Imagine you’re at a picnic and just about to bite into your sandwich. Suddenly you spot a fly headed your way, homing in on your food with help from its compound eyes and antennae. It manages to escape your swatting, lands on the sandwich and then seems to throw up on it!
It can look kind of gross, but the fly might be just airing out its own digested food, or spitting on yours.
Most of the over 110,000 known fly species have no teeth, so they cannot chew solid food. Their mouthparts are like a spongy straw. Once they land on your food, they need to release digestive juices to liquefy it into a predigested, slurpable soup they can swallow. In short, some flies are on a liquid diet.
A fly slurping its liquid meal.
To fit more food in their stomachs, some flies try to reduce the liquid in what they have already eaten. They regurgitate food into vomit bubbles to dry it out a bit. Once some water has evaporated they can ingest this more concentrated food.
Human beings don’t need to do all this spitting and regurgitating to get nutrients out of our food. But you do produce a digestive juice in your saliva, an enzyme called amylase, which predigests some of the sandwich bread while you chew. Amylase breaks down starch, which you can’t taste, into simple sugars like glucose, which you can taste. That’s why bread gets sweeter the longer you chew it.
Did you know flies can taste food without their mouths? As soon as they land, they use receptors on their feet to decide whether they’re on something nutritious. You may have noticed a fly rubbing its legs together, like a hungry customer getting ready to devour a meal. This is called grooming – the fly is essentially cleaning itself, and may also clean the taste sensors on the bristles and fine hair of its feet, to get a better idea of what is in the food it has landed on.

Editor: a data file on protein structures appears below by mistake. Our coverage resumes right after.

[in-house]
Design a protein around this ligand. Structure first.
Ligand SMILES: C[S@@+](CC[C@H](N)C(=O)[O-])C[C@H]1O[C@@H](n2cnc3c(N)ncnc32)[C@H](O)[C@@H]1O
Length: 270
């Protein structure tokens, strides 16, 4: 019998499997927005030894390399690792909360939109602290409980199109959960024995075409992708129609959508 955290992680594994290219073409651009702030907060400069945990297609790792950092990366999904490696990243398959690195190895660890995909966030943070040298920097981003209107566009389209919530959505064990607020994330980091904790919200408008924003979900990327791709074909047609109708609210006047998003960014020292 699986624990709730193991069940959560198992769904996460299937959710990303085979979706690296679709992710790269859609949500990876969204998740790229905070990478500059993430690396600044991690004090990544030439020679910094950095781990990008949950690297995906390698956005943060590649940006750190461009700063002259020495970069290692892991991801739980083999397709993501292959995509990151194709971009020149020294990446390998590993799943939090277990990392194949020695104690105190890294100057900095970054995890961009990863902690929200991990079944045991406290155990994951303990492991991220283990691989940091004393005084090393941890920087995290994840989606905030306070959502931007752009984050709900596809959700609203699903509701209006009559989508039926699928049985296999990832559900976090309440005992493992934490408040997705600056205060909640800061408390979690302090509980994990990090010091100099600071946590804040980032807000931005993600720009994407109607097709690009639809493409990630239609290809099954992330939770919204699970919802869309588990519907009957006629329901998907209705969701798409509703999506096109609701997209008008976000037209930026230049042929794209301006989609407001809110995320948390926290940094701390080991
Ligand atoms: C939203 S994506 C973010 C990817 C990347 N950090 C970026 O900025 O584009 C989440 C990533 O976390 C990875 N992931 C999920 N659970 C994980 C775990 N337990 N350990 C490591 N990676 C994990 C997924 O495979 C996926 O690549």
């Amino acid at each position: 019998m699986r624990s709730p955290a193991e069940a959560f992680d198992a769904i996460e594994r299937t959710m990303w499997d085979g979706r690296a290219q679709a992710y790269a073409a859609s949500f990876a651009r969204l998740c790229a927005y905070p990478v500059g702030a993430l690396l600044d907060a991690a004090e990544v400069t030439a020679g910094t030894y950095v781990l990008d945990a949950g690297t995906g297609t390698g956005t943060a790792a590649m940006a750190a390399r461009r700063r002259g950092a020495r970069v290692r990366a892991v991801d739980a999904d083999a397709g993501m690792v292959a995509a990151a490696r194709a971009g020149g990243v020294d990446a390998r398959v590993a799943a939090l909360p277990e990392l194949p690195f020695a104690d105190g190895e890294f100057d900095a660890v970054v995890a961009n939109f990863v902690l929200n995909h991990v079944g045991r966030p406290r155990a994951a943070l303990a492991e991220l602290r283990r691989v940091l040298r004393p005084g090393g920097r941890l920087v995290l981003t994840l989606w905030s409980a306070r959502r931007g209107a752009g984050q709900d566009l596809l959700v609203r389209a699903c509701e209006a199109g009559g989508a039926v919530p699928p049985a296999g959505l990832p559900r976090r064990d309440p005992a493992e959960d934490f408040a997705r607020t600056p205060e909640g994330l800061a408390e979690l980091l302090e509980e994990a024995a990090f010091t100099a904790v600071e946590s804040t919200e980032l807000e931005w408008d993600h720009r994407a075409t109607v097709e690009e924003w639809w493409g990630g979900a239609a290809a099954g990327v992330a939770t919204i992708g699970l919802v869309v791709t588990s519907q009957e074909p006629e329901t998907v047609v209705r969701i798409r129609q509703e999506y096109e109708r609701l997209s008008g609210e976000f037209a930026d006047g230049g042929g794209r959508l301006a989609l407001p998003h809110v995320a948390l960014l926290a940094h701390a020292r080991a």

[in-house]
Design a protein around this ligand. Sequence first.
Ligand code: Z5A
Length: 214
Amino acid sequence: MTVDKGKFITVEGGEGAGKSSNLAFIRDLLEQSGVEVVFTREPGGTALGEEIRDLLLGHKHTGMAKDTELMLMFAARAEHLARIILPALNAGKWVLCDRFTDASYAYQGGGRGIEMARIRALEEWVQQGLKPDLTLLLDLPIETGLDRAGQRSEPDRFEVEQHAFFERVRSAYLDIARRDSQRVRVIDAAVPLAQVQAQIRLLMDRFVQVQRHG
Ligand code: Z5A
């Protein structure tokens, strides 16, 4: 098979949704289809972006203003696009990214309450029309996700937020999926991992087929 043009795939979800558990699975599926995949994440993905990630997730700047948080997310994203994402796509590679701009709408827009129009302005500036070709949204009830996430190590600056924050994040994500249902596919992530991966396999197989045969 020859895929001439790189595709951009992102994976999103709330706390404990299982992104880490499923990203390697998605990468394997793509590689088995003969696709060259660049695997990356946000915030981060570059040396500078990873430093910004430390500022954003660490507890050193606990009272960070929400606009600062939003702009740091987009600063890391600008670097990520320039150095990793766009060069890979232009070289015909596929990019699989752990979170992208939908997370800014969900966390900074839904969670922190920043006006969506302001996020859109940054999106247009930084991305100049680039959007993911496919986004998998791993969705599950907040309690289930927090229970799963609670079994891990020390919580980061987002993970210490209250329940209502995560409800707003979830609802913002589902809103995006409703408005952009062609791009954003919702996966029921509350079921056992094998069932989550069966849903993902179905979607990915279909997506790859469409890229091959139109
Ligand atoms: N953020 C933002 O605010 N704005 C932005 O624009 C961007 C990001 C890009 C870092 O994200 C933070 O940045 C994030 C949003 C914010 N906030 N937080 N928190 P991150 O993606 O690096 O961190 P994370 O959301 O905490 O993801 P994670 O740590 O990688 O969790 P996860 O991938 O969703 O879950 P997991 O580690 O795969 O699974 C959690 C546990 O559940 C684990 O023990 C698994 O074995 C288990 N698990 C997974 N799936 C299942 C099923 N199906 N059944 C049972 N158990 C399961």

Should you trash food a fly’s landed on?
When a fly touches down on your sandwich, that’s probably not the only thing it’s landed on that day. Flies often sit on gross stuff, like a dumpster or decomposing food, that’s full of microbes. The germs can hitch a ride and, if the fly stays put long enough, hop onto your meal. This is much more dangerous than their saliva because some of the microbes can cause diseases, like cholera and typhoid. But if the fly doesn’t stay longer than a few seconds the chances of microbes transferring are low, and your food is probably fine.
To keep insects from landing on your food, you should always cover it. If your house is infested with flies, you can use simple traps to get rid of them. Carnivorous plants can also eat the flies and help control their population.
Are flies good for anything?
Spitting on food and spreading diseases sounds disgusting, but flies aren’t all bad.
Watch closely the next time you’re outside and you might be surprised by how many flies visit flowers to get nectar. They’re an important group of pollinators, and many plants need flies to help them reproduce.
Flies are also a good source of food for frogs, lizards, spiders, and birds, so they’re a valuable part of the ecosystem.
Some flies have medical uses, too. For example, doctors use blow fly maggots – the young, immature form of flies – to remove decomposing tissue in wounds. The maggots release antiviral and antimicrobial juices, and these have helped scientists create new treatments for infections.
More importantly, the fruit flies you may have seen flying around ripe bananas in your kitchen have been invaluable in biological research. Biomedical scientists from all over the world study fruit flies to find causes and cures for diseases and genetic disorders. And in our lab, we study what the world looks like to insects, and how they use their vision to fly. This knowledge can inspire engineers to build better robots.
So, although it’s a nuisance to shoo flies away from your sandwich, maybe you can spare a few bits of your lunch?
- Ravindra Palavalli-Nettimi, Postdoctoral Research Associate, Florida International University
- Jamie Theobald, Associate Professor of Biological Sciences, Florida International University
This article was first published in The Conversation.